We haven’t checked in for a while on the rise of the “plant-based meat” craze that’s currently sweeping the nation. The science news on this phenomenon doesn’t seem to have changed much in recent months, but the trend has definitely bled over into social and cultural debates. One of the most recent developments in that area is covered in a CNBC article from this weekend. As it turns out, the people perhaps benefitting the most from these new laboratory experiment offerings are vegans, but not entirely for the reasons you might imagine. Rather than looking at the meatless burgers as a better tasting dinner option than a bowl of twigs and leaves, the burgers offer some of them a chance to not feel so weird in front of their more normal, omnivore friends.

Teagan George, a 22-year-old data analyst based in Pasadena, California, has been a vegan for more than three years. Living near Los Angeles, she has plenty of options when it comes to choosing vegan restaurants. But when it comes to eating out with friends who eat animal products, it can be tricky.

“You don’t always have the option in restaurants,” George said. “If I’m with non-vegans, I don’t want to make a fuss and fulfill that negative stereotype.”

Fulfill “that negative stereotype?” The reality is that most stereotypes develop for a reason. And being a vegan is a choice. Insisting that restaurants offer a full range of vegan options when polling consistently shows that only 3% of Americans describe themselves as vegans or spending the night complaining about it is annoying. Restaurants lose money if they stock up on products that virtually nobody is going to order.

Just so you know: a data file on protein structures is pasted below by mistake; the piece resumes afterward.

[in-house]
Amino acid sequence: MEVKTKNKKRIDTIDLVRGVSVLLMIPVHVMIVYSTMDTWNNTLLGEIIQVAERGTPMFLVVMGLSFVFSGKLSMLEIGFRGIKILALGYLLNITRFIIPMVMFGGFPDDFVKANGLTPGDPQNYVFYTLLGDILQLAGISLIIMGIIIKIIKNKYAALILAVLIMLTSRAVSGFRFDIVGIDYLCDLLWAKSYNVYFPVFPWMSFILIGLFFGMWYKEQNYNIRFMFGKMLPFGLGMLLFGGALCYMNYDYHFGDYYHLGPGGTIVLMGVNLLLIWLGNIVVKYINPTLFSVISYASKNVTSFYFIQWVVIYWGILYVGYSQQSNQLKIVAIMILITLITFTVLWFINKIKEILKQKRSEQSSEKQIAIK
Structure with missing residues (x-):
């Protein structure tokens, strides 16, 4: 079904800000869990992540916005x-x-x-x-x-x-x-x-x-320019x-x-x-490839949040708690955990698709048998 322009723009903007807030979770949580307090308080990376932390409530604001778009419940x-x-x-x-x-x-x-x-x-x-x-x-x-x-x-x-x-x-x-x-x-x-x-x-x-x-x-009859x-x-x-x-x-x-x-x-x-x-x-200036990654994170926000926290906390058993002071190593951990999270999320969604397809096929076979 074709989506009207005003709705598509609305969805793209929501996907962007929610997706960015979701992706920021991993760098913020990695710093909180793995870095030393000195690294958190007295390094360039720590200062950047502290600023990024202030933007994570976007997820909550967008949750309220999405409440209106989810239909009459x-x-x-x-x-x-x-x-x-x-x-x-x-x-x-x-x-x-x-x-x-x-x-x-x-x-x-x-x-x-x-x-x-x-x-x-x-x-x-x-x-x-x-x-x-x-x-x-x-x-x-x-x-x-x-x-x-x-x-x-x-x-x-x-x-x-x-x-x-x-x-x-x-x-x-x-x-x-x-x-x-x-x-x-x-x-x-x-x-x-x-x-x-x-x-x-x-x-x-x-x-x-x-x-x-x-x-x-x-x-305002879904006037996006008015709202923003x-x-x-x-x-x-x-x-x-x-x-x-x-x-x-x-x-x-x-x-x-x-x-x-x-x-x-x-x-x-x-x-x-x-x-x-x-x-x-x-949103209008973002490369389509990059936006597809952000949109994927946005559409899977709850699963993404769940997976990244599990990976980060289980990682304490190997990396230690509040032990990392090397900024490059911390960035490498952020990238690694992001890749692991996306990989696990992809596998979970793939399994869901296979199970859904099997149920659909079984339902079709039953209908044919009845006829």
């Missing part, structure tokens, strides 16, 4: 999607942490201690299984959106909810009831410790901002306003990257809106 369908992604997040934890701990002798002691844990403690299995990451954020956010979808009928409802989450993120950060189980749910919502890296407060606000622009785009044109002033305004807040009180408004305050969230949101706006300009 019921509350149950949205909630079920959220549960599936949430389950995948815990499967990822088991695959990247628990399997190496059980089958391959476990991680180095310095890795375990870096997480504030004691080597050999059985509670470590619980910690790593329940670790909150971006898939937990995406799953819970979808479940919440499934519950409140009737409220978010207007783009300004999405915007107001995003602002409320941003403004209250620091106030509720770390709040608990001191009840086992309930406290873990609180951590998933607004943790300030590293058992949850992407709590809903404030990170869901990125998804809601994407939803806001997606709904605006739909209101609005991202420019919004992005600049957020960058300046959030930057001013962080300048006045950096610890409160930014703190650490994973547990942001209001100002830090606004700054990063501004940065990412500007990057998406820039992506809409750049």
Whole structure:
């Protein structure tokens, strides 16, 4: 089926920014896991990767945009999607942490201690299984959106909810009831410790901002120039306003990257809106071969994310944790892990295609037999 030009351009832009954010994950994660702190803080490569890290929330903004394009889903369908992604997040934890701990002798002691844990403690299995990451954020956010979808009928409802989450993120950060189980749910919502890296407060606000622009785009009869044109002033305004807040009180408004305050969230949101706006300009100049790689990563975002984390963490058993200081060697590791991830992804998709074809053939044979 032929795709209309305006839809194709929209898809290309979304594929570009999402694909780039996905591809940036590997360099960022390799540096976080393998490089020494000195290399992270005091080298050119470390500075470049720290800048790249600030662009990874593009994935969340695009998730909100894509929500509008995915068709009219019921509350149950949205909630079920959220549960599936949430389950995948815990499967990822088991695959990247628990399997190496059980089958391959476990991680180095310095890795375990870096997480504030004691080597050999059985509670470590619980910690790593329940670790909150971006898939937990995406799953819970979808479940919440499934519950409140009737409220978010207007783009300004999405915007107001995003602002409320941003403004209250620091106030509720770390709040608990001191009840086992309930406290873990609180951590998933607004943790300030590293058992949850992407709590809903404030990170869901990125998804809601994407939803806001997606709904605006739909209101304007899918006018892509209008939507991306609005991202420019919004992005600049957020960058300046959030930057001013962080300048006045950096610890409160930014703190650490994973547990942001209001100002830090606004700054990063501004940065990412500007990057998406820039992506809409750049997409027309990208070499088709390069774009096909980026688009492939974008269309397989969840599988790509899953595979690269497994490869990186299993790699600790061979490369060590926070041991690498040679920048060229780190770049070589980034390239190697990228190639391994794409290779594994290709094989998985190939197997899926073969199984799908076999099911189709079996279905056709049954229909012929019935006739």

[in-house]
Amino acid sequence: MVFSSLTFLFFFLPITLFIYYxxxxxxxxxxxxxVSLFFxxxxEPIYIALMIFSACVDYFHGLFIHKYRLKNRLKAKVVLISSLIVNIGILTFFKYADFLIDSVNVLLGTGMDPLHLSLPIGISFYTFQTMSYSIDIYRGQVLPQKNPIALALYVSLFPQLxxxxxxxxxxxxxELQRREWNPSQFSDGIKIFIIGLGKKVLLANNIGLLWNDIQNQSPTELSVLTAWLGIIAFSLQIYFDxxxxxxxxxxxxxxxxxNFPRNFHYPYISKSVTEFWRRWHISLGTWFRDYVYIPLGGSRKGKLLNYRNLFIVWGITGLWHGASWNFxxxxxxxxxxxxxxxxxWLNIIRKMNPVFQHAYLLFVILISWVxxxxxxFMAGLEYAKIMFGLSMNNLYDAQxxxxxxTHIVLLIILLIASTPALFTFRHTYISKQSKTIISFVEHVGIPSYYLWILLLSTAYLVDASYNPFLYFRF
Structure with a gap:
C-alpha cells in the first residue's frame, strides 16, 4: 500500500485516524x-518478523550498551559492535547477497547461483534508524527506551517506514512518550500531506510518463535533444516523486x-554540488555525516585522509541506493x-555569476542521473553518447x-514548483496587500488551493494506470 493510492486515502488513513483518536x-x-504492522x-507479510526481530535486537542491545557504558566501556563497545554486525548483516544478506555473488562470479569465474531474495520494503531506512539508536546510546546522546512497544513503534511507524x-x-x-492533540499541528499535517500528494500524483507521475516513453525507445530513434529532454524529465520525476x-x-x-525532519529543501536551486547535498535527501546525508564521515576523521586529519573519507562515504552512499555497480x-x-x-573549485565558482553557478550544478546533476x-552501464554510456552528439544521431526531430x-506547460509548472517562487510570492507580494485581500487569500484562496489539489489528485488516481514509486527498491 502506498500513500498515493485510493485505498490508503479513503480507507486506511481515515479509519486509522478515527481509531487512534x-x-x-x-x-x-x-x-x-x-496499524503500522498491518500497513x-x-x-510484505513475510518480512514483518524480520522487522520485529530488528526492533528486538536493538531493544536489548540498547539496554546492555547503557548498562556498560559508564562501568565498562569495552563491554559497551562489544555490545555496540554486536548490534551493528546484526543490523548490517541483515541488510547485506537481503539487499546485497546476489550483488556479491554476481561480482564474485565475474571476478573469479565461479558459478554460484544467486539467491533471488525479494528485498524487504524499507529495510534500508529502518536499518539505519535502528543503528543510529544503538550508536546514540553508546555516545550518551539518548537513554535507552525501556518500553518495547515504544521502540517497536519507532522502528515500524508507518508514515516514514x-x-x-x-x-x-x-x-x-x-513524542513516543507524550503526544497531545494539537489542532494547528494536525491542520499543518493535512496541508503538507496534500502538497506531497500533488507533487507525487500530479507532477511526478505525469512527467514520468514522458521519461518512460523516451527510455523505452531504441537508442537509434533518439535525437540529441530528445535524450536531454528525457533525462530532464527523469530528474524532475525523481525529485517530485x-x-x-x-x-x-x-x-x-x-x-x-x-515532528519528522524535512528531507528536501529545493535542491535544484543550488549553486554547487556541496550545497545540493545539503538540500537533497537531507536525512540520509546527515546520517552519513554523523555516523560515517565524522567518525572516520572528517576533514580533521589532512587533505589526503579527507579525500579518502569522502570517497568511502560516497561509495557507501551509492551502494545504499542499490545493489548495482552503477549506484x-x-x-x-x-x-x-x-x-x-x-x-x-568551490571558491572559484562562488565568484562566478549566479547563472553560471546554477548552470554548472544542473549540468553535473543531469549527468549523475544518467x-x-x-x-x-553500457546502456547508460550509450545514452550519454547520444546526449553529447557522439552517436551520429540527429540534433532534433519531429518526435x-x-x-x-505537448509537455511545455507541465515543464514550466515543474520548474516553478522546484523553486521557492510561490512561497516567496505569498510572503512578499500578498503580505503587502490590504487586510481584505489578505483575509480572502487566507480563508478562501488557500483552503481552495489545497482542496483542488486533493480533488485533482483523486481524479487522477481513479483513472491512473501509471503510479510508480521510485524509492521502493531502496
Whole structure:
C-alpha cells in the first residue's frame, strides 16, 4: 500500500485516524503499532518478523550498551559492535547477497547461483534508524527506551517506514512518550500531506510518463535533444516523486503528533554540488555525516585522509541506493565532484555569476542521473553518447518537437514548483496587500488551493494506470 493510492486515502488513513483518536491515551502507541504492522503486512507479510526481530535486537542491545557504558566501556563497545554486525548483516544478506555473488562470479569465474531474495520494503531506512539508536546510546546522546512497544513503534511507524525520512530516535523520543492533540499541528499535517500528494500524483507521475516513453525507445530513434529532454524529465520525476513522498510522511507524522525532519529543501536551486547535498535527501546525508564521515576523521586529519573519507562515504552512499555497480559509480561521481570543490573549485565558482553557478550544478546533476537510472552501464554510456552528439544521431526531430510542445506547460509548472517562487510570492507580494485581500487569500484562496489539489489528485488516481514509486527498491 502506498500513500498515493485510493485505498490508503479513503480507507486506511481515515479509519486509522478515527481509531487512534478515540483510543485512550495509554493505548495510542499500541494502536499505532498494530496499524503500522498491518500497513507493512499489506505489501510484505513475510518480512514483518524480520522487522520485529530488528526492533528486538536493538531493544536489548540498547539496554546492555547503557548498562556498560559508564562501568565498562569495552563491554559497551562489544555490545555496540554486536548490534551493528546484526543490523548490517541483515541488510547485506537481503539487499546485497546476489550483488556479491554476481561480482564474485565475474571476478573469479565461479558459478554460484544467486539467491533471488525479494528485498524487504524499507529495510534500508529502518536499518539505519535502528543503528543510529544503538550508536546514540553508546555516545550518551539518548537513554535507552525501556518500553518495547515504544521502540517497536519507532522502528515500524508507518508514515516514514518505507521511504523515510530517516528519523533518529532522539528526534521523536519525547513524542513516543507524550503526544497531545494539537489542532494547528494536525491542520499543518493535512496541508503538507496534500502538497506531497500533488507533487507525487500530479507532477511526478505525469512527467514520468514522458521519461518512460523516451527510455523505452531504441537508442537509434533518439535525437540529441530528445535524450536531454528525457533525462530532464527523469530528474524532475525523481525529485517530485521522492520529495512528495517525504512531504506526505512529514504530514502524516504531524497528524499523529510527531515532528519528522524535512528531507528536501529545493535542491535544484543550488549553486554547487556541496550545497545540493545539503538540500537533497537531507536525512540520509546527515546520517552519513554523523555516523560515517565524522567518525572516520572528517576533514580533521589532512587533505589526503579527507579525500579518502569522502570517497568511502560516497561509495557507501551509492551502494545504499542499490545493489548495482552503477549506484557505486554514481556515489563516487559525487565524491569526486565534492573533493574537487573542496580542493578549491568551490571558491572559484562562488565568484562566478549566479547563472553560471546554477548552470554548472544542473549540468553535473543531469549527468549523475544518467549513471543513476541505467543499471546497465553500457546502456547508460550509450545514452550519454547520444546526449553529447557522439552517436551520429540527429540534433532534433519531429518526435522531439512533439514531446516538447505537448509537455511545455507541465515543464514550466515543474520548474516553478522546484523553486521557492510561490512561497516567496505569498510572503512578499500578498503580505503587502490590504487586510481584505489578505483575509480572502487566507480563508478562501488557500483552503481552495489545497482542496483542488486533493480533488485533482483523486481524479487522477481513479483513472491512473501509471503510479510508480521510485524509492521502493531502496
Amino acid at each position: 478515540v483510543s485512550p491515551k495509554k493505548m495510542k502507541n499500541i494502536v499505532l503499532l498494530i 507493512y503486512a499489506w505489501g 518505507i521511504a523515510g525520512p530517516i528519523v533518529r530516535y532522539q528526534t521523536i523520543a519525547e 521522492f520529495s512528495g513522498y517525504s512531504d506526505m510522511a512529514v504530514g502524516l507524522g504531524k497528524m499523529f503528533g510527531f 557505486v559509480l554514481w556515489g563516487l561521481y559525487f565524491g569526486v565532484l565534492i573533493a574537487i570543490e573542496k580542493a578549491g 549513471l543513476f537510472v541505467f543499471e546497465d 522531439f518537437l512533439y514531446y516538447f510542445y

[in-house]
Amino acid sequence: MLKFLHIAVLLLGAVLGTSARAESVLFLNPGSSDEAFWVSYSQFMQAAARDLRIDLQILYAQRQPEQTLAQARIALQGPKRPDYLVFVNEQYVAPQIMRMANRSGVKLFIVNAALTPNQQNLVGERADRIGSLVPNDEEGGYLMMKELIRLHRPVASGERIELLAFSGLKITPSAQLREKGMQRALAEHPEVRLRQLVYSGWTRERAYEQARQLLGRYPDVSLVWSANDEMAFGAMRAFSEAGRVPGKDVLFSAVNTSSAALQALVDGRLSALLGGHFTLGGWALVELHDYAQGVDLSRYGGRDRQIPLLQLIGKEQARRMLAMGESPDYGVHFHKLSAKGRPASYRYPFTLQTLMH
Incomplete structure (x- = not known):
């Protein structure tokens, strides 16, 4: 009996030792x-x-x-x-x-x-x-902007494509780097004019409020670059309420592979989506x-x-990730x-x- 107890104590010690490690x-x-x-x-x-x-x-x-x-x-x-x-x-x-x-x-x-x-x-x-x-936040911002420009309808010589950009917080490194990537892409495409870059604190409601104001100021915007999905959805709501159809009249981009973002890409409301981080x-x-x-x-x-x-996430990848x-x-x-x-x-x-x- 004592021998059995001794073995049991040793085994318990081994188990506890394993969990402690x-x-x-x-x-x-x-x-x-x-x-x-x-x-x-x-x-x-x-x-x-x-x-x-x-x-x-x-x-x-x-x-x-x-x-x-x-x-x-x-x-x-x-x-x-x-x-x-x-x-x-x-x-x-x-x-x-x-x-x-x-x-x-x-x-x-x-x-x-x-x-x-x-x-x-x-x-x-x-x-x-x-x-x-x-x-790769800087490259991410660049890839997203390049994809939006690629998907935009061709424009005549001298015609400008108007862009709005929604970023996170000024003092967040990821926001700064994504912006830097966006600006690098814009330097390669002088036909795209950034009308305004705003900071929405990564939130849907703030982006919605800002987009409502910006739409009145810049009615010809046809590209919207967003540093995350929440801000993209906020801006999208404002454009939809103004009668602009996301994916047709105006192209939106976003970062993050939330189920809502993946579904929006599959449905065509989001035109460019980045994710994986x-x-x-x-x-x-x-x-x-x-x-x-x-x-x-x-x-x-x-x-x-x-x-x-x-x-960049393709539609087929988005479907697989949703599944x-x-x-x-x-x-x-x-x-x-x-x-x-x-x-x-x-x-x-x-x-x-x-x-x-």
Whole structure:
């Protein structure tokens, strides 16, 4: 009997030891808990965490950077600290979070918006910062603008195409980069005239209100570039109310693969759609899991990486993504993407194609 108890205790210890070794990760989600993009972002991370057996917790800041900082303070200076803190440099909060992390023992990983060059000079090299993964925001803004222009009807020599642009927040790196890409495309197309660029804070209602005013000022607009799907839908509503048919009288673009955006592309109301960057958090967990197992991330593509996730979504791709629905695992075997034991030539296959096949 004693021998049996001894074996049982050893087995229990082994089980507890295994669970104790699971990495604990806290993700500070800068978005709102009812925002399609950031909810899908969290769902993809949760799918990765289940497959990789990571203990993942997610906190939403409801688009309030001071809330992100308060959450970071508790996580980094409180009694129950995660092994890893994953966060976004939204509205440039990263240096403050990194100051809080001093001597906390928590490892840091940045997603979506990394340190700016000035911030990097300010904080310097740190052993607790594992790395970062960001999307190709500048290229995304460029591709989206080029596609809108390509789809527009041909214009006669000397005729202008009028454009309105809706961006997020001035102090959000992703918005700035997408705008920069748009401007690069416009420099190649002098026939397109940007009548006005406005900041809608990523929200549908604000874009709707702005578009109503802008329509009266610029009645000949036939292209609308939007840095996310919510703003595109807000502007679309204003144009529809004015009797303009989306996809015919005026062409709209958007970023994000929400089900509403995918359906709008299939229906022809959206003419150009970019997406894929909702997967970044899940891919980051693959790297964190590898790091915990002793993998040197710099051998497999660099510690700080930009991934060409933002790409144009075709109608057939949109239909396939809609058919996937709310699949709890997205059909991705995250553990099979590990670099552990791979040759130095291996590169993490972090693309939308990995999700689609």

But hey… if having the Impossible Burger is an option that makes your dinner with your friends more pleasant, good for you. Enjoy the feast, assuming the genetically modified horror show producing the “blood” in those burger patties doesn’t wind up being carcinogenic. But while we’re on the subject of being more comfortable as a vegan when out in polite company, this gives us the chance to entertain that age-old question. Why do people hate vegans? The Guardian took a shot at answering that question just last week.

In the 21st century the terminology may have changed but the sentiment remains much the same. The 2015 study conducted by MacInnis and Hodson found that only drug addicts were viewed more negatively among respondents. It concluded: “Unlike other forms of bias (eg, racism, sexism), negativity toward vegetarians and vegans is not widely considered a societal problem; rather, [it] is commonplace and largely accepted.”

In 2011, sociologists Matthew Cole and Karen Morgan observed a phenomenon they called “vegaphobia”, demonstrating that the British media consistently portrayed vegans in a negative light. In the days after her story broke, Selene Nelson, the freelancer at the centre of the Waitrose magazine row, was called “humourless”, “combative” and “militant”.

The linked article provides a deep history of vegan – omnivore relations and the amount of prejudice the former allegedly face at the greasy hands of the latter. But is it actually discrimination? You don’t get a choice as to what color your skin is after you’re born. (Apologies to Rachel Dolezal.) And you don’t get to pick your gender. (Don’t even get me started on that one again.) So if people are discriminating against you based on those traits, you’re facing discrimination.

But no human was born a vegan. The first thing you consume after coming into the world is milk from your mother’s breast, or at least it should be. You have teeth that are designed to eat both meat and plants. If you’re a vegan, it’s because you chose to be. Personally I have no problem with what other adults choose to eat. If you’re a vegan, that just means there’s more steak and bacon for me. But yes, I get annoyed when somebody goes out to dinner in our group and spend the whole night complaining about the lack of vegan options on the menu. And if you’re raising your dogs or cats as vegans you should be arrested.